For some, the timeline for getting into medical school is fairly straightforward: finish high school, go to college for four years and then enter medical school.
For others, that timeline will be different. Many students are choosing a path that includes a gap in between undergrad and med school matriculation. The current average age of a medical school matriculant is 24.
According to the Association of American Medical Colleges, there were more than 10,000 more applicants to U.S. medical schools during the 2018-2019 school year than during the 2008-2009 school year, a roughly 25% increase. The acceptance rate at U.S. medical schools ranges from 2% to 21%, according to U.S. News and World Report, which adds up to the competition being fierce.
Many students are deciding to take a few years off to strengthen their application before applying. During this time they might take more classes, get a master’s degree, retake the MCAT, or get health care experience by working as a certified nursing assistant (CNA) or an EMT.
This trend is detrimental to the health care field. There are both financial and career consequences to delaying medical school, and students should know about them before they decide to take time off before med school.
Starting at 22 vs. 26
Take two med students: one who enters medical school directly at 22 and the other who enters at 26 after working for four years as a CNA. Let’s assume they both graduate medical school in four years, complete a three-year emergency medicine residency and then practice until they are 65, then retire.
The 22-year-old student will be an experienced practicing physician for four more years than the 26-year-old student. And those four years are added on at the end of their career, which is when they are the most experienced and, one could say, the most valuable to the health care system because of the knowledge accumulated throughout their career.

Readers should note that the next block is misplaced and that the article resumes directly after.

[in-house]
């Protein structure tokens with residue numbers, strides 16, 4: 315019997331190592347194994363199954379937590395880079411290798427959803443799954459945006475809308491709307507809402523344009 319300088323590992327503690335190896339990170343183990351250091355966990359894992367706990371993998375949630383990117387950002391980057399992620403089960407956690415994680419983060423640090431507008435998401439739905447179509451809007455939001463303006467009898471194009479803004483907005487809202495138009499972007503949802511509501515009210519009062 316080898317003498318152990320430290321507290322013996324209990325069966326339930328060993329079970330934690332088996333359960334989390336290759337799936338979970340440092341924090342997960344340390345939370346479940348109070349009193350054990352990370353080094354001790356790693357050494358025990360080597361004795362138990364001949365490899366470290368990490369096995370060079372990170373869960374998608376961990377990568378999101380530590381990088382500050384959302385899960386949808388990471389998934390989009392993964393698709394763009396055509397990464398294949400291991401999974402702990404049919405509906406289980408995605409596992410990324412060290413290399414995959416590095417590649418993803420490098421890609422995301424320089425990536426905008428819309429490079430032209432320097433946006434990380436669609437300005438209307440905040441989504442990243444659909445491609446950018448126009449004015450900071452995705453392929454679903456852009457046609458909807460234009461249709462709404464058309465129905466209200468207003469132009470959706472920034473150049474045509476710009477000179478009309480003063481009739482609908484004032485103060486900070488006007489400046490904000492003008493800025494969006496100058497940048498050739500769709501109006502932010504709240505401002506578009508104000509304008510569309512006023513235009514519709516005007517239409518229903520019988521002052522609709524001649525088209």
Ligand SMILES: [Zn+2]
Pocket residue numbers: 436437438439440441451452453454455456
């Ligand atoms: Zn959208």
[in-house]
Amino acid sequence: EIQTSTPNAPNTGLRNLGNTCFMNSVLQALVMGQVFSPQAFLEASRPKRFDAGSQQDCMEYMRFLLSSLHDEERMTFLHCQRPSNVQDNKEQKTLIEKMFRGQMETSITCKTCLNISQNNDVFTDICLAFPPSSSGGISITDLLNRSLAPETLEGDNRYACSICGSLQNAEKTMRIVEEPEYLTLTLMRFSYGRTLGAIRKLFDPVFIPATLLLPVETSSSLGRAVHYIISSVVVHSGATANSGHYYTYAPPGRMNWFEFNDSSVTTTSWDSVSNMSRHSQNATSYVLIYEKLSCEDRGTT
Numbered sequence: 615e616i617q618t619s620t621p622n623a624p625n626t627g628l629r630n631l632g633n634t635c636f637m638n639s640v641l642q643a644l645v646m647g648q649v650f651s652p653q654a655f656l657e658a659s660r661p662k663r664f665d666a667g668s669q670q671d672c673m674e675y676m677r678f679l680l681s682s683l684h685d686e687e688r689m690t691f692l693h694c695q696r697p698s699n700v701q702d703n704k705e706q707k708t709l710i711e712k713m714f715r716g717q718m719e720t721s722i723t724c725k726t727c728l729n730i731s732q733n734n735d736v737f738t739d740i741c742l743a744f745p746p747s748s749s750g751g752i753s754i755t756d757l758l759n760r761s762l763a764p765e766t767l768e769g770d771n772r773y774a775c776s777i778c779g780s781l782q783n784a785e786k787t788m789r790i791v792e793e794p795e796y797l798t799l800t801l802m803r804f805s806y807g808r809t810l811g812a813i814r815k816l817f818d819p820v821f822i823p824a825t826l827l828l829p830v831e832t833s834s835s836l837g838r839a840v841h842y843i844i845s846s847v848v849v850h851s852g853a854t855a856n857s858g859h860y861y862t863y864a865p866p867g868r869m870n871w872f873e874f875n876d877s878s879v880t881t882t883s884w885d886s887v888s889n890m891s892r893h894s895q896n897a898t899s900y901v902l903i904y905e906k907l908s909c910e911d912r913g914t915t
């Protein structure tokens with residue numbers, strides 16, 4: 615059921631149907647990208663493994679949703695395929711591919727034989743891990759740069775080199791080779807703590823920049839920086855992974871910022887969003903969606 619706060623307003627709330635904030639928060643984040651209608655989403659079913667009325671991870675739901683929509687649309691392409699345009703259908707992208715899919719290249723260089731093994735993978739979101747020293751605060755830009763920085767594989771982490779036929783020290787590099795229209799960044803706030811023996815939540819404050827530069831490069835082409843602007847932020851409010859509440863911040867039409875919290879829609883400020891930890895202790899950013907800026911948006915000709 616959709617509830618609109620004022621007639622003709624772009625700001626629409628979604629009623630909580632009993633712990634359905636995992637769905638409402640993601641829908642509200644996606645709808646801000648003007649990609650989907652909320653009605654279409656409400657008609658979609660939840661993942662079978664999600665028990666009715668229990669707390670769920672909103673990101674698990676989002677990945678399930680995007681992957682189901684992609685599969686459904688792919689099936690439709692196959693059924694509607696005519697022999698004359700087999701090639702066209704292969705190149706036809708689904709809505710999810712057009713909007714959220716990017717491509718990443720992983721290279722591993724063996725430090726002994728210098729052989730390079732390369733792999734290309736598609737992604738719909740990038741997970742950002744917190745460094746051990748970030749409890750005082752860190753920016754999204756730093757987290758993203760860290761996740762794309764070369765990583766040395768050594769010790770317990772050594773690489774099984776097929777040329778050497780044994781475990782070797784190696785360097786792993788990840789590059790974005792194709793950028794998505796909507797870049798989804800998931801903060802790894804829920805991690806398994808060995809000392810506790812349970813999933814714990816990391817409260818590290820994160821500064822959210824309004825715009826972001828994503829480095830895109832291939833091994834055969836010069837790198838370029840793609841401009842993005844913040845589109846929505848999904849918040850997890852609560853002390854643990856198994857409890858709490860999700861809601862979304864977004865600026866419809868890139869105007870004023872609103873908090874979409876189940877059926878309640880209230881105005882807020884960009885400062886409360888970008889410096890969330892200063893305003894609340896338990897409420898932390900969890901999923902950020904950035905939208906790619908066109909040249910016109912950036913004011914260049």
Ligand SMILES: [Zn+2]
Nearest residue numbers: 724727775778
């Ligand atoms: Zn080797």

If the age of new doctors keeps rising and the retirement age stays the same, the health care system will be losing years and years of high-value physician labor.
What should change
One way to address this issue would be to encourage premeds to apply straight from undergrad and help them make their applications strong by the end of their junior year.
I’d also love to see medical schools start looking at applicants in a different way and place less focus on a student’s MCAT and GPA. Can we instead examine each applicant like an osteopathic physician would examine a patient, assessing their mind, body, and spirit and looking at them as unique individuals rather than a set of symptoms or test scores? Doing so could lead to fewer students taking years off to work on their MCAT score or otherwise become more competitive applicants.
Many osteopathic medical schools are already doing this to some degree, as are some MD schools. Also, in 2015 the AAMC released a revamped MCAT that was designed to better assess applicants’ well-roundedness. Let’s build on this trend and take it further.
The financial cost of years off
Going back to our 22-year-old and 26-year-old students: the 26-year-old who worked as a CNA for four years likely earned around $30,000 during each of those years, giving him or her a gross income of about $120,000 during the break in education.
The 22-year-old who went straight into medical school had four additional years of working as a physician at the end of their career, when an emergency physician can earn $350,000 annually, for a total of $1.4 million in additional earnings, or $1.3 million more earned across their career than the 26-year-old matriculant.
For most doctors, money isn’t the reason they go into the field of medicine. Nevertheless, their lifetime earnings should be a consideration.
Benefits of years off
Despite these consequences, there are some potential benefits to taking years off. Some people say that the extra time will make individuals more confident in their choice to become a physician, which could decrease their likelihood of dropping out.
Another potential benefit is that older individuals could have more life experience which could lead to them being more well-rounded physicians.
However, I did a brief search for data to support these statements and did not find solid evidence suggesting that these benefits are widespread among those who take time off before med school.
In the end, the decision to take years off before medical school is complex and will depend highly on an individual’s unique circumstances. Students should, however, be aware of the potential consequences of delaying matriculation. What are your thoughts on delaying medical school? Please let me know in the comments below.